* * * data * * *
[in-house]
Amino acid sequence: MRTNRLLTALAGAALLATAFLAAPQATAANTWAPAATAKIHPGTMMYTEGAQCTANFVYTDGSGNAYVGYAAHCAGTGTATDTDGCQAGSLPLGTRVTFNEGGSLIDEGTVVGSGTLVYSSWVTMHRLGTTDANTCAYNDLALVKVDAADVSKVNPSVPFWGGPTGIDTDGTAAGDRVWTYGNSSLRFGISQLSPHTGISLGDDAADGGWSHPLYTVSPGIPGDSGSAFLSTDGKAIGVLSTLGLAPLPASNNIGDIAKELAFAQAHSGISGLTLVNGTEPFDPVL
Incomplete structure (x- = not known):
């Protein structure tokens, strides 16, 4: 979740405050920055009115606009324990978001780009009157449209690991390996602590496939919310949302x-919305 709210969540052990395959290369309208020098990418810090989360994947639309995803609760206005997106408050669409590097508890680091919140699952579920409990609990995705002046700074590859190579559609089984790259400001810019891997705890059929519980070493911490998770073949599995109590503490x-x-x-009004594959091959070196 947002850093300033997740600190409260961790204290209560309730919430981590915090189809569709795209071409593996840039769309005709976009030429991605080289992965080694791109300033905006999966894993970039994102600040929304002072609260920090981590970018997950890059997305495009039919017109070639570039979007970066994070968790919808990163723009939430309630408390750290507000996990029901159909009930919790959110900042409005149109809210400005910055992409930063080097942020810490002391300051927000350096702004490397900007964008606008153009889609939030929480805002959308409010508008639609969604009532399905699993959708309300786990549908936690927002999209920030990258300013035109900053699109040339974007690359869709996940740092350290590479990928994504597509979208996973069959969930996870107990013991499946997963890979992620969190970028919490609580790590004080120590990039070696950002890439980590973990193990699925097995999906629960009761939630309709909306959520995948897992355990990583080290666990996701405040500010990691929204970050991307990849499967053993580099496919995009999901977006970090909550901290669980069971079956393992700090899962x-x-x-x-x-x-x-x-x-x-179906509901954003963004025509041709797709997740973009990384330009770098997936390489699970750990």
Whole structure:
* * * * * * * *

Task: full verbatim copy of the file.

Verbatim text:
[in-house]
Amino acid sequence: MRTNRLLTALAGAALLATAFLAAPQATAANTWAPAATAKIHPGTMMYTEGAQCTANFVYTDGSGNAYVGYAAHCAGTGTATDTDGCQAGSLPLGTRVTFNEGGSLIDEGTVVGSGTLVYSSWVTMHRLGTTDANTCAYNDLALVKVDAADVSKVNPSVPFWGGPTGIDTDGTAAGDRVWTYGNSSLRFGISQLSPHTGISLGDDAADGGWSHPLYTVSPGIPGDSGSAFLSTDGKAIGVLSTLGLAPLPASNNIGDIAKELAFAQAHSGISGLTLVNGTEPFDPVL
Incomplete structure (x- = not known):
């Protein structure tokens, strides 16, 4: 979740405050920055009115606009324990978001780009009157449209690991390996602590496939919310949302x-919305 709210969540052990395959290369309208020098990418810090989360994947639309995803609760206005997106408050669409590097508890680091919140699952579920409990609990995705002046700074590859190579559609089984790259400001810019891997705890059929519980070493911490998770073949599995109590503490x-x-x-009004594959091959070196 947002850093300033997740600190409260961790204290209560309730919430981590915090189809569709795209071409593996840039769309005709976009030429991605080289992965080694791109300033905006999966894993970039994102600040929304002072609260920090981590970018997950890059997305495009039919017109070639570039979007970066994070968790919808990163723009939430309630408390750290507000996990029901159909009930919790959110900042409005149109809210400005910055992409930063080097942020810490002391300051927000350096702004490397900007964008606008153009889609939030929480805002959308409010508008639609969604009532399905699993959708309300786990549908936690927002999209920030990258300013035109900053699109040339974007690359869709996940740092350290590479990928994504597509979208996973069959969930996870107990013991499946997963890979992620969190970028919490609580790590004080120590990039070696950002890439980590973990193990699925097995999906629960009761939630309709909306959520995948897992355990990583080290666990996701405040500010990691929204970050991307990849499967053993580099496919995009999901977006970090909550901290669980069971079956393992700090899962x-x-x-x-x-x-x-x-x-x-179906509901954003963004025509041709797709997740973009990384330009770098997936390489699970750990």
Whole structure: